Feb 10 It’s Time for a Breakdown: The Importance of Disaggregated Data
(February 10, 2023) Allies for Children’s goal is to ensure that all children, especially our county’s most vulnerable, have the support and opportunities to grow to their full potential. To do this, we have to understand the needs of all of those children, and a lot of that understanding is achieved by looking at data. Though it may seem counterintuitive when looking at such a large group of subjects, it is frequently less-than helpful to look at generalized information and numbers on their own. Often, we can learn more about how to address a big problem by looking at individual populations through disaggregated data.
Data being disaggregated simply means that it’s broken down into its distinct parts. There are many ways that data can be disaggregated, including by race. At Allies for Children, much of our focus is on how children of color may experience inequity due to racialized public policies and institutional practices, so disaggregation by race is often very useful to us.
As an example of how disaggregated data might be useful, we can look at WIC participation rates in Allegheny County. According to this data from the Pennsylvania Bureau of WIC, Allegheny County saw a decrease of 11% from December 2020 to December 2022.
While the decline in WIC participation is a problem that Allies for Children is working to combat in general, taking a look at the disaggregated participation data over the same time period can give us a more specific look into what exactly is going on.
By looking at the data broken down into categories by race we can see that while numbers of Black and white WIC participants did decline in accordance with the total change, participation actually increased among the American Indian/Alaska Native, Asian, and Native Hawaiian/Pacific Islander communities. The number of American Indian and Alaska Native participants more than doubled, in fact. Further investigation into why the participation among these populations has increased – and so drastically in some cases – would be needed. These changes might indicate the need for a different kind of support in these communities.
With this broken-down data, we can more accurately target our efforts as we work to reverse the trend of declining WIC participation. We can see that participation among white users has actually seen more of a decline (-14.3%) than the average from 2020 to 2022 (-11%). In contrast, the decline among Black users is slightly lower than the average at -8.8%. This shows that there is a disparity in participation between these two communities and tells us that we should look into why that disparity exists. If the reason can be figured out, it can be addressed directly, but we wouldn’t have known to look for it if we didn’t have the disaggregated data.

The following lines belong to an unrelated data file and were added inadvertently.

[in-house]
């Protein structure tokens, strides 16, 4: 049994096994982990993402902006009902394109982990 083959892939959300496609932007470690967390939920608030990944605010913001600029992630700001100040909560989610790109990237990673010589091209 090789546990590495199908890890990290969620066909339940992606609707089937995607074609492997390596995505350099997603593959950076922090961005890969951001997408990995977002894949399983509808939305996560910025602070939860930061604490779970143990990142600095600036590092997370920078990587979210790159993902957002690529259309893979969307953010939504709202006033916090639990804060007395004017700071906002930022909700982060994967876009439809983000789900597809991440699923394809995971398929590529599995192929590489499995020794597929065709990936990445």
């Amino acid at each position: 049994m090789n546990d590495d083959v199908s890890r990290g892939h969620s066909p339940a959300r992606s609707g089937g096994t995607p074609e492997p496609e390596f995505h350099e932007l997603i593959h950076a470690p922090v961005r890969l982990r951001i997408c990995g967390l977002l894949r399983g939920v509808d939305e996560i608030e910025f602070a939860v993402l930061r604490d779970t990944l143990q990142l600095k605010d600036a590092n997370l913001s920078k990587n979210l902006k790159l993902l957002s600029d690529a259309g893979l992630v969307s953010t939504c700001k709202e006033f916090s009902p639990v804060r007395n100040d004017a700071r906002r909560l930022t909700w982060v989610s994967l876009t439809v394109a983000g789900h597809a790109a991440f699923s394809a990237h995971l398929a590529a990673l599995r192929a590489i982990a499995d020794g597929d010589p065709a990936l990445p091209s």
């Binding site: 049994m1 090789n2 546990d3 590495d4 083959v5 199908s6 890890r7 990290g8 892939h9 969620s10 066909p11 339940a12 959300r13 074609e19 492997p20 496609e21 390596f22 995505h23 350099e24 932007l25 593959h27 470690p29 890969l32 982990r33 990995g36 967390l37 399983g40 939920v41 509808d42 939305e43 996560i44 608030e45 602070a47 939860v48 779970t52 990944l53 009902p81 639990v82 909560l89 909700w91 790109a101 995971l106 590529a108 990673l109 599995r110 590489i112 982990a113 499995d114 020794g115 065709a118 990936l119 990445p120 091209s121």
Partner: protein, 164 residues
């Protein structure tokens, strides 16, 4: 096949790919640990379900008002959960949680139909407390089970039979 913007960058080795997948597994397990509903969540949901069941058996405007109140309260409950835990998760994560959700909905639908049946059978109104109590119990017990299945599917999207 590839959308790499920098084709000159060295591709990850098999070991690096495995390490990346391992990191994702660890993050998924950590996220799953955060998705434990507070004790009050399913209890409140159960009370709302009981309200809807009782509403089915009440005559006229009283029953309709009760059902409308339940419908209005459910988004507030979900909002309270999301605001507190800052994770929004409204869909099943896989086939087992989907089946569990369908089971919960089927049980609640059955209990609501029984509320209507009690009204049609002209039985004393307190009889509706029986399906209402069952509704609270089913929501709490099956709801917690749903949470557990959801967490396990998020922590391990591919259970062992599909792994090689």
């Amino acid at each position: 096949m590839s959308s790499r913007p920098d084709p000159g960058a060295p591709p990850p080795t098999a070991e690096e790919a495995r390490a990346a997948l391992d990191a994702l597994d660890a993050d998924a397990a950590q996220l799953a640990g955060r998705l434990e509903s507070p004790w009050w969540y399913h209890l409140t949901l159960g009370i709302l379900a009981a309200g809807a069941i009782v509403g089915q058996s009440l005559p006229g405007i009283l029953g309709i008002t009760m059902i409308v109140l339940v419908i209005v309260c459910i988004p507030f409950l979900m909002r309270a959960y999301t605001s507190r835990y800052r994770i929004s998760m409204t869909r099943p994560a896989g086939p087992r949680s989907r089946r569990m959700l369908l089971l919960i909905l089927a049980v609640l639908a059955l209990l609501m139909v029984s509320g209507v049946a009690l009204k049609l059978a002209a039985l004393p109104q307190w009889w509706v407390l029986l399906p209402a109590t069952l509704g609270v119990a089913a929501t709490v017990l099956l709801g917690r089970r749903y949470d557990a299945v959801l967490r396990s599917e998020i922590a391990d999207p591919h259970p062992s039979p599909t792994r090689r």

It can be a struggle to get disaggregated data from the agencies and organizations who collect and release it. The numbers for particular groups or populations might be withheld specifically to hide the extent of the disparities that exist. Allies for Children and its partners recently succeeded in getting PA WIC to release the disaggregated data discussed above, when previously it was unavailable to the public. It is important that the groups who are collecting data practice data transparency, releasing all of the data, regardless of what it may reveal, and being clear about the purpose of the data.
Data can also be broken down in other ways: gender identity, age, ethnicity, and income are just a few. All of these categories can be cross referenced with each other to show, for example, the gender breakdown among race categories in a data set. It would also be useful if the race categories were broken up further. The current general categories – American Indian or Alaska Native, Asian, Black or African American, Native Hawaiian or Other Pacific Islander, and White – are limiting and may make some respondents feel uncomfortable or unrepresented. This could lead to responses of “other,” or no response altogether, which are less accurate and less helpful. In particular, people who are Hispanic may consider that to be their race, while “Hispanic” is often designated separately from race as an ethnicity on surveys. Middle Eastern and North African populations are considered to be part of the “white” category, but these communities often have distinct needs that may be hidden by this system of categories. Adding more possible options for survey respondents has been shown to increase the accuracy of the data that is collected.
Every research need will require different types of disaggregation, so it is important to ensure that data collection is thorough so that the reporting of data can be disaggregated in the most appropriate, useful way. It is important to note, however, that this process may involve the collection or more sensitive data, so the methods of data collection require sensitivity, and staff must be trained appropriately. Having disaggregated data is vital if we want to make sure that the particular needs of one community are lost within the bigger picture.
Laura Condon, Allies for Children Project Coordinator